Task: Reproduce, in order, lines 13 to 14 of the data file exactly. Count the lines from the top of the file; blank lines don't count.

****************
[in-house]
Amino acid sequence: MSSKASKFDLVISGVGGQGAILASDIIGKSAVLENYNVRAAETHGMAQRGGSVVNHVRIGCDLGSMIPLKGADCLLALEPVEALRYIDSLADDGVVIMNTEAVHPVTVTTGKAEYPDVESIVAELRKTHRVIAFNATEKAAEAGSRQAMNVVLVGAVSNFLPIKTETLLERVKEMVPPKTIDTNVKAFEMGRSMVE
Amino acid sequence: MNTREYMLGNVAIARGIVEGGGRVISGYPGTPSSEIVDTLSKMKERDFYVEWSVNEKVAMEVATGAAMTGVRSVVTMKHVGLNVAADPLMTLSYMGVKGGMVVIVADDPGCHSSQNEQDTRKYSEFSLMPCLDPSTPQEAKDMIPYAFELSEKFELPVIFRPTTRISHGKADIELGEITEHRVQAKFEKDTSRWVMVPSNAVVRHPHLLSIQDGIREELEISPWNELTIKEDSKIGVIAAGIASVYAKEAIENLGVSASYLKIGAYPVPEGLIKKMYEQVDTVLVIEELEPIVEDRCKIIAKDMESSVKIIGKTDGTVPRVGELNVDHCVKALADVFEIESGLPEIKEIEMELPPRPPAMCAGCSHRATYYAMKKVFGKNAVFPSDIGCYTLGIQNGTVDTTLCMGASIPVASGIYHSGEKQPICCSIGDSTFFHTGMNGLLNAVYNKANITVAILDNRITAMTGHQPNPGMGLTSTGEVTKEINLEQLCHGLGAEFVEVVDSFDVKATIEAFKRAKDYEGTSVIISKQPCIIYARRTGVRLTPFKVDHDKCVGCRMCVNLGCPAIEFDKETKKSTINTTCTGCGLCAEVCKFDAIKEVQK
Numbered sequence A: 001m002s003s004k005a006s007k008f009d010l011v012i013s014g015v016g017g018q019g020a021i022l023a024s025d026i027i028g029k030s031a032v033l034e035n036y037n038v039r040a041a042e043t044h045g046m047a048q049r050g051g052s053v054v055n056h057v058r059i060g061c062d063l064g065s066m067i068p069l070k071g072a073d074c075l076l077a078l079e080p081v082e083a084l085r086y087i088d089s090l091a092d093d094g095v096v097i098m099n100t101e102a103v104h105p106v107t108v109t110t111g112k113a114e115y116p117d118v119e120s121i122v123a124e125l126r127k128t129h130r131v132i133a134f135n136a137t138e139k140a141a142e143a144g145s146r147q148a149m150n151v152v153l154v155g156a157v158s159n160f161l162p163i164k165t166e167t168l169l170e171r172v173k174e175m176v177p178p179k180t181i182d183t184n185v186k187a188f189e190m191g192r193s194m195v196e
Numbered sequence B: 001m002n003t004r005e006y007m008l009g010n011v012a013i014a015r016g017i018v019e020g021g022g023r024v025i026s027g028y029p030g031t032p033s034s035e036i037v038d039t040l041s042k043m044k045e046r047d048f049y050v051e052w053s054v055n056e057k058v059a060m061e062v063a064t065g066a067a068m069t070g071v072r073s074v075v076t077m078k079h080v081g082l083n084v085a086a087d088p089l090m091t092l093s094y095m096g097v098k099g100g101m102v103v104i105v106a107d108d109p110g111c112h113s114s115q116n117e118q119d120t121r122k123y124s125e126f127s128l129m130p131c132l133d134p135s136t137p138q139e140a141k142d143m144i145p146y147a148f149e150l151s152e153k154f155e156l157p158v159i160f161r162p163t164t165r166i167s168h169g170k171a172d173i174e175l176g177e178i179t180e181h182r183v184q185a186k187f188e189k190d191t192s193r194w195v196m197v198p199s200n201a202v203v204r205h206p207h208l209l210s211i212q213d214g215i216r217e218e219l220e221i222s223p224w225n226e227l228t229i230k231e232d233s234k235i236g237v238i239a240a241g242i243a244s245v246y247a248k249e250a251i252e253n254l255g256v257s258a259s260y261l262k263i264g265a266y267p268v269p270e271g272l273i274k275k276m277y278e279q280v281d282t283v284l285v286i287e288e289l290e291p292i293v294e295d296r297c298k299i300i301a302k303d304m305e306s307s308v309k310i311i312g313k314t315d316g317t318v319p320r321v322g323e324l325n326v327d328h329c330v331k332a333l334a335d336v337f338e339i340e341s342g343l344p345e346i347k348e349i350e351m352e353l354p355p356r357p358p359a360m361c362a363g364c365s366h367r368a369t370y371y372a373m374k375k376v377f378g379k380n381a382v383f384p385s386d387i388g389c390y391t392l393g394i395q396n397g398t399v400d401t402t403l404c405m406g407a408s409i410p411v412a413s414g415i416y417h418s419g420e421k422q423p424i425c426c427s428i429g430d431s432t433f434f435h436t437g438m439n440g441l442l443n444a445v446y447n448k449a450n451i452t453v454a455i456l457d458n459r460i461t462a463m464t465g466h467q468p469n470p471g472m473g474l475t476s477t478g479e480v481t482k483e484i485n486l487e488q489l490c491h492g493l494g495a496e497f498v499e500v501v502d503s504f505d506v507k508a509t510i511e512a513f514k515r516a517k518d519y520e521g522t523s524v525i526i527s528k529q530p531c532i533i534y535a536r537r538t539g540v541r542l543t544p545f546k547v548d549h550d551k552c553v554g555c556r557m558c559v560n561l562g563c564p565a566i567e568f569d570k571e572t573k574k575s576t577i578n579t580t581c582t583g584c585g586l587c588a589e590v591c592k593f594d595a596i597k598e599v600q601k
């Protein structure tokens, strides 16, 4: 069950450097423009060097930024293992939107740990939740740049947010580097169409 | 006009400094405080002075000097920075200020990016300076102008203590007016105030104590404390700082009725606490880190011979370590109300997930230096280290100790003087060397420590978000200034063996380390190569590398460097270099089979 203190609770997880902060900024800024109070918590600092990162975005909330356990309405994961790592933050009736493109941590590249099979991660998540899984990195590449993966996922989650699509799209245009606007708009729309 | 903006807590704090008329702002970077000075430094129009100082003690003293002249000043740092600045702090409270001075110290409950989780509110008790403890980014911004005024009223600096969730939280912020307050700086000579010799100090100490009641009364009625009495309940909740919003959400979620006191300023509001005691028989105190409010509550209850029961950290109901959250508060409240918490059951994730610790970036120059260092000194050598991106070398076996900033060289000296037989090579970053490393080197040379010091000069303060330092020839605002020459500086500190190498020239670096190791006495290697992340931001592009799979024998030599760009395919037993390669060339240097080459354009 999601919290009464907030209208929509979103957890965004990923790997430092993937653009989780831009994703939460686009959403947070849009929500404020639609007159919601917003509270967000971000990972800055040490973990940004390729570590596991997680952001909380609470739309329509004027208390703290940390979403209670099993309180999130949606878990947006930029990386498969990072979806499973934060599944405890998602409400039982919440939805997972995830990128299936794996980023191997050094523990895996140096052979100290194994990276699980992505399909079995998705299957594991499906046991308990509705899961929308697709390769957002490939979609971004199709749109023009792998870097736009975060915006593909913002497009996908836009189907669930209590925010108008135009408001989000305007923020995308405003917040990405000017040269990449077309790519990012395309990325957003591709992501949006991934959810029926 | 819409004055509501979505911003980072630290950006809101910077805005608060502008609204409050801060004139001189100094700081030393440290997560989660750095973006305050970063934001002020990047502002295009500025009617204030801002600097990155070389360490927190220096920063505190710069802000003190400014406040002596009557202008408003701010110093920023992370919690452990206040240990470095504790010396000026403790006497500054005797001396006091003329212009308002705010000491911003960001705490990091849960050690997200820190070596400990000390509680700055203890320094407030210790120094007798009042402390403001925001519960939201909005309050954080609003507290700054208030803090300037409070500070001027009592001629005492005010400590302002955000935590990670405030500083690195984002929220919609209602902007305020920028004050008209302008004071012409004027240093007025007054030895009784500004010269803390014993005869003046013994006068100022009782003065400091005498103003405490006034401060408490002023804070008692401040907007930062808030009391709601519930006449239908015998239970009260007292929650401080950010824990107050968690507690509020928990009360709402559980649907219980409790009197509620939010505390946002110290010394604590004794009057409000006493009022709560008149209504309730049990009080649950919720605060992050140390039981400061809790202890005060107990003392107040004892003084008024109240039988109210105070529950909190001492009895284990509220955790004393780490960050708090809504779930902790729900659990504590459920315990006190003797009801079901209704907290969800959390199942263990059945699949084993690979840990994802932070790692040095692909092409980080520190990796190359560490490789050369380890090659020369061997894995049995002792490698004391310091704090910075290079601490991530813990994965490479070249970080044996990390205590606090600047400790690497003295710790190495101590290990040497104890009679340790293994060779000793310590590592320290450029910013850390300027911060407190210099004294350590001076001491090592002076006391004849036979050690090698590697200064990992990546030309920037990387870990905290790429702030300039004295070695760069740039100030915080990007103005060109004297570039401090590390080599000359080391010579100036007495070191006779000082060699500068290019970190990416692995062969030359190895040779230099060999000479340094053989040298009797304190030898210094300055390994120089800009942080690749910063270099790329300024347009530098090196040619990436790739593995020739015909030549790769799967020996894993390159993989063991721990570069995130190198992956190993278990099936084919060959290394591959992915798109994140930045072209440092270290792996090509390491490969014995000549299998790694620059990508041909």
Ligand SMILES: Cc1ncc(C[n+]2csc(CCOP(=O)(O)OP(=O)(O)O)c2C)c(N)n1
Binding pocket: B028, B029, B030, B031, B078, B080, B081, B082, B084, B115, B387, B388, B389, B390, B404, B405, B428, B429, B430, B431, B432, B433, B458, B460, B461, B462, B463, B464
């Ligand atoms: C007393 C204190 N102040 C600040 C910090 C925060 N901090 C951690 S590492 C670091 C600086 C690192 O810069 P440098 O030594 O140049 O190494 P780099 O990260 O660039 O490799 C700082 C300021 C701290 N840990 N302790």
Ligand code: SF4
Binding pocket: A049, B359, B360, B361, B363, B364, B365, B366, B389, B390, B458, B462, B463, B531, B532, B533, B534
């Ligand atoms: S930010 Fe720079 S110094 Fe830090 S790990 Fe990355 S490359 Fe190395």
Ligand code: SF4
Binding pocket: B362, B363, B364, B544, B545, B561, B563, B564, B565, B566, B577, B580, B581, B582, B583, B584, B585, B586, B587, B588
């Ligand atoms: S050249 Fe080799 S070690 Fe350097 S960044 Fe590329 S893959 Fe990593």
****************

Ligand code: SF4
Binding pocket: B362, B363, B364, B544, B545, B561, B563, B564, B565, B566, B577, B580, B581, B582, B583, B584, B585, B586, B587, B588